The conference sessions were opened by Peter Drake, deputy chief economist of TD Bank Financial Corp., who gave attendees a look at the U.S. economy, business spending, equity markets and the global economy's effect on the United States.
The first of four key issues Drake addressed involved the global economy's gathering momentum. "Although Europe is still growing slowly, the recovery in Japan remains tentative and brighter prospects for Latin America are tinged by memories of recent economic volatility, the global economy is expected to grow by 4% in real terms this year, considerably above the 3% growth estimated for last year, and well above the 3.3% annual average of the past 20-plus years," Drake said. "The strength will come from continued expansion in non-Japan Asia-even though China will begin to slow-and from much-improved growth in North America."
Drake's second key issue addressed a U.S. economy that is more balanced. "Both business investment and manufacturing have resumed expansion in the past few months," he said. "These developments are especially welcome because they provide much-needed balance to the U.S. economic growth, in contrast with the past three years when consumers carried most of the burden of keeping the U.S. economy expanding."
Next, Drake discussed inflation and interest rates. "Although inflation is low, it has started to creep up a little," he said. "The Federal Reserve is keeping a close eye on current inflation, but an even closer eye on likely future inflation rates. The Fed will start to raise interest rates this year, possibly in June, but almost certainly by August.
Financial markets have repeatedly shown their displeasure with this prospect, but the current 1% Fed Funds rate is lower than it has been in decades and too stimulative to be left in place much longer, he said. "By the end of 2005, the Fed Funds rate is expected to be around 4%, considerably higher than the current rate but still not up to a neutral level that would be neither stimulative or restrictive."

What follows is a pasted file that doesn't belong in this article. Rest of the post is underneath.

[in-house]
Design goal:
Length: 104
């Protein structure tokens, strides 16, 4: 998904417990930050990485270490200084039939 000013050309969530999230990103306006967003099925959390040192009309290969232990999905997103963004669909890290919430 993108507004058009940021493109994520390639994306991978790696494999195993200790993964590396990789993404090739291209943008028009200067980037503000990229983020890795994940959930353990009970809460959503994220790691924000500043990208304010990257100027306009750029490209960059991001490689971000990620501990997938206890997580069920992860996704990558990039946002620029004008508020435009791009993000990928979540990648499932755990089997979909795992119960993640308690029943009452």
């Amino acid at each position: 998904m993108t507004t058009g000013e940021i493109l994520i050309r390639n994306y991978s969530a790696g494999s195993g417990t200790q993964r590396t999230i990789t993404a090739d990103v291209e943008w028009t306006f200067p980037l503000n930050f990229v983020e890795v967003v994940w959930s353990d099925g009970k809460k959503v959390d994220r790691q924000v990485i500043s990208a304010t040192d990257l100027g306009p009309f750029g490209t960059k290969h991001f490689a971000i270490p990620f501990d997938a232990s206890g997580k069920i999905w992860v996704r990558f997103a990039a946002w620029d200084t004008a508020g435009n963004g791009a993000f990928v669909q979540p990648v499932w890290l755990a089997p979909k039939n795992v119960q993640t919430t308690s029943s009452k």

Regarding the federal budget and trade deficits, both are likely to be around for a while, Drake said. "On its own, the lower dollar should begin to help reduce the current account deficit, but the rising federal budget deficit is not helping the situation. Both deficits are likely to linger for some time. While more-rapid economic growth will help reduce the budget deficit, growth alone won't solve the problem, and it is likely that policymakers will be forced to raise taxes, cut spending" or both, beginning in 2005.
Following Drake's speech, a two-tracked Basics Session set the groundwork for more than 30 presentations offered over the conference's two and a half days, during which presenters discussed new developments, cost savings, environmental issues and how E-coat can be used with other types of coatings.
Wednesday and Thursday evenings offered industry suppliers the spotlight as they pulled out all the stops for attendees by hosting E-coat 2004 hospitality suites. Visitors were able to see demonstrations of products, learn about new products and services and network with colleagues in a relaxed and entertaining atmosphere.
A few famous faces even showed up to partake in the festivities. Golf pro Chi Chi Rodriguez was seen socializing in the UFS Corp. suite, and 1980 Olympic gold medal hockey goalie Jim Craig gave a rousing speech and signed hockey pucks for The Valspar Corp.
Not to be outdone, Therma-Tron-X electrocoated fishing lures and divot tools for onlookers; PPG Industries' "Extreme Makeover" kept people gaming into the night; Eisenmann Corp. gave away two cruises; Henkel Technologies offered virtual golf; and DuPont held racing games and showed off Jeff Gordon's race car.